Gathering Information - Web Service Testing

The information gathering process consists of four steps:

  • Establishing testing-task definitions,
  • estimating time required to complete the testing tasks,
  • entering the information into the project plan, and
  • calculating the overall resource requirements.

Step 1—Testing-Task Definition for the Sample Application
Step 1 in the one-page test planning process involves assembling a list of tasks for the project at hand. First, define the test types. The basic tests for Web applications are acceptance [both release acceptance test (RAT) and functional acceptance simple test (FAST)], functionality [task-oriented functional test (TOFT)], installation, user interface (UI), regression, forced-error, configuration and compatibility, server, security, documentation and exploratory.

By reviewing the product description detailed in Chapter , "Sample Application," you can see a need for specific test types that are not included in the pre-soft ceding list of basic test types. For example, tests should be developed that test the functionality of the databases, data import utility, e-mail notification and third-party Java applet (metrics charting). The screen shots indicate functionality that should be tested. Some security features that should be tested are also mentioned (login/logout, views and user permissions). By reviewing the product's system requirements, you can also glean information about test platforms, possible configuration tests, and other technologies that will require testing {Java applets, Microsoft NT [required], Active Server Page [ASP] [rather than Common Gateway Interface (CGI)]}.

Information regarding the number of error messages (and their completion dates) would be required, as would details of the installation process. Complete product descriptions, specifications, and marketing requirements are often used as a starting point from which you can begin to seek out the specific technical information that is required to generate test cases.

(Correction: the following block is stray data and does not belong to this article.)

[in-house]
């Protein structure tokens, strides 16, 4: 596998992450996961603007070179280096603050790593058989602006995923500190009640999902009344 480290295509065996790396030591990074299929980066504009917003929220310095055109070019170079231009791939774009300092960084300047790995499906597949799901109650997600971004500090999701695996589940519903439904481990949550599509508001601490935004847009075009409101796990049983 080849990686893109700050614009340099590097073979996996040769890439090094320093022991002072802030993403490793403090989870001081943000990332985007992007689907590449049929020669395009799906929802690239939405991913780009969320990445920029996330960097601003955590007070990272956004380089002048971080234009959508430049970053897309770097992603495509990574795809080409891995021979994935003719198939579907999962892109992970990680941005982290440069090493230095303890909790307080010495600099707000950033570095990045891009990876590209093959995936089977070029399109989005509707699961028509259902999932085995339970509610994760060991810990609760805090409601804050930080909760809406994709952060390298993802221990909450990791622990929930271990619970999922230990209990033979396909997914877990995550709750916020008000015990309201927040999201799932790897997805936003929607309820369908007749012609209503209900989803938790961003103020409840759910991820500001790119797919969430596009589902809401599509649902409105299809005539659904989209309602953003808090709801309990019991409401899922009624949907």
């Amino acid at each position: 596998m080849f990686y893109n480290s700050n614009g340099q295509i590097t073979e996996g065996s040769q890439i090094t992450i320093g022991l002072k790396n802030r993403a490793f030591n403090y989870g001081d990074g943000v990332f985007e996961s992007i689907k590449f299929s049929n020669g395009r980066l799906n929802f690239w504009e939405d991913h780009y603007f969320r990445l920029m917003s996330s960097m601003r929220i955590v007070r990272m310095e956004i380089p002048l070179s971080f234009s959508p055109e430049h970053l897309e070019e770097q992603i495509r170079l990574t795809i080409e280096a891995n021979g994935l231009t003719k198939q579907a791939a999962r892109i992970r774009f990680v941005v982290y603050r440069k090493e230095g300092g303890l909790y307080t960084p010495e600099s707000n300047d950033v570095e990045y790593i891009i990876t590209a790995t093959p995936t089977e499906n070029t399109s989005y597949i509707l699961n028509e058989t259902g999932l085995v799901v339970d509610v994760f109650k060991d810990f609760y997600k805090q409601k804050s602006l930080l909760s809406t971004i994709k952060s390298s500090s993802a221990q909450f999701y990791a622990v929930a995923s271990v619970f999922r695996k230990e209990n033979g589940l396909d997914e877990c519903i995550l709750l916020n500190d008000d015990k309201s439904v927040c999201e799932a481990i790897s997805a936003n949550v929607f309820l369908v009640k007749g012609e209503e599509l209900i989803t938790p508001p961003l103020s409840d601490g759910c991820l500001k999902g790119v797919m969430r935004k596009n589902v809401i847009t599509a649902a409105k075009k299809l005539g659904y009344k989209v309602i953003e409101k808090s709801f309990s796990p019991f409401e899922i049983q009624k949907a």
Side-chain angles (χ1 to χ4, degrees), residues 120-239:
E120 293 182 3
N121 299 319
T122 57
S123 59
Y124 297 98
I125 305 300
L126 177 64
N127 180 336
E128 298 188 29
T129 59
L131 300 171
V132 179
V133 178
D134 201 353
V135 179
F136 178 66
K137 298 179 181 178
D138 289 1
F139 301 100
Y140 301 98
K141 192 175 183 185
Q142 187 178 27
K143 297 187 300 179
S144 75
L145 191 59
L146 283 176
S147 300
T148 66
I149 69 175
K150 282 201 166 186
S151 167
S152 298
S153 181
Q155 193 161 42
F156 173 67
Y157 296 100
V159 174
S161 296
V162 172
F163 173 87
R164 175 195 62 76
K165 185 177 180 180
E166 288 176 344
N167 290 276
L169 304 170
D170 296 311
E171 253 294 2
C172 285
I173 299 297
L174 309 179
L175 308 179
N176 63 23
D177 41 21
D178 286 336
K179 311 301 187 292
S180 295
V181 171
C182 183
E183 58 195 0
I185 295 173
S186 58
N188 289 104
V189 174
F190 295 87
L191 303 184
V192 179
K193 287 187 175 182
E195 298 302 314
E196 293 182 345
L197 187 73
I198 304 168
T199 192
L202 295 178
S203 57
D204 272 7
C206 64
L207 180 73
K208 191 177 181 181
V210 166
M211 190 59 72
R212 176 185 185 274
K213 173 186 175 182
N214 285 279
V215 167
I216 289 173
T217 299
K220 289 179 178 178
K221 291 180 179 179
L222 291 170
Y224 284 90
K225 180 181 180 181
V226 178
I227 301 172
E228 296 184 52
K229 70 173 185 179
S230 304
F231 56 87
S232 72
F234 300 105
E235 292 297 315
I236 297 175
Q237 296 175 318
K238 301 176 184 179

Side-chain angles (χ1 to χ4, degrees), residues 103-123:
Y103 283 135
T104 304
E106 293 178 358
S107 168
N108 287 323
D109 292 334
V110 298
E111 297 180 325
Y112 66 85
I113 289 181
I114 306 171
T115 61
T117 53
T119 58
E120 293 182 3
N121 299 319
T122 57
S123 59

Step 2—Task Completion Time
The test times listed in Table reflect the actual testing of the sample application. These test times were derived with input from the test team. As part of evaluating tasks for completion time, you should evaluate resources such as hardware/software and personnel availability. Some test types require unique resources, tools, particular skill sets, assistance from outside groups, and special planning. Such test types include:

  • Configuration and compatibility testing. Configuration and compatibility testing require a significant amount of computer hardware and software. Because the cost of outfitting a complete test lab exceeds the financial means of many companies, outsourcing solutions are often considered.
  • Automated testing. Automated testing packages (such as SegueTM SilkTestTM) are valuable tools that can, when implemented correctly, save testing time, tester enthusiasm, and other resources.
  • Milestone tests. Milestone tests are performed prior to each development milestone. They need to be developed, usually from TOFT tests, and scheduled according to the milestone plan.
  • Special functionality tests (TOFT). In addition to the specified functionality of the application, SMTP tests (e-mail notification) are also included in the TOFT suite. These tests may require assistance from other groups or special skill sets.
  • Web- and client-server-specific tests. Performance, load, and stress tests, in addition to security and database tests, normally require specialized tools and skills.

Task Completion Time

Task Completion TimeTask Completion TimeTask Completion TimeTask Completion TimeTask Completion TimeTask Completion Time

All required tests should be identified as early in the development process as possible so that resource needs for tools, staffing, and outsourcing can be evaluated.

Step 3—Placing Test Tasks into the Project Plan
For the purposes of the sample test plan, a development schedule of 20 calendar weeks has been assumed. Testable code is expected early in July. According to the development team, there will be one build per week.

Alpha 12 weeks
Beta 6 weeks
Final 2 weeks
From Table, you can see which test phases are appropriate for each test type. Note that test types from Table are examined in detail in the upcoming topics.

Development Phases and Test Planning

Development Phases and Test Planning

Development Phases and Test Planning

Development Phases and Test Planning

Step 4—Calculate Hours and Resource Estimates
Multiply and total test times (refer to "Developing a One-Page Test Plan" in Chapter , "Test Planning Fundamentals," for details). Then calculate resource estimates. The one-page test plan is now complete!

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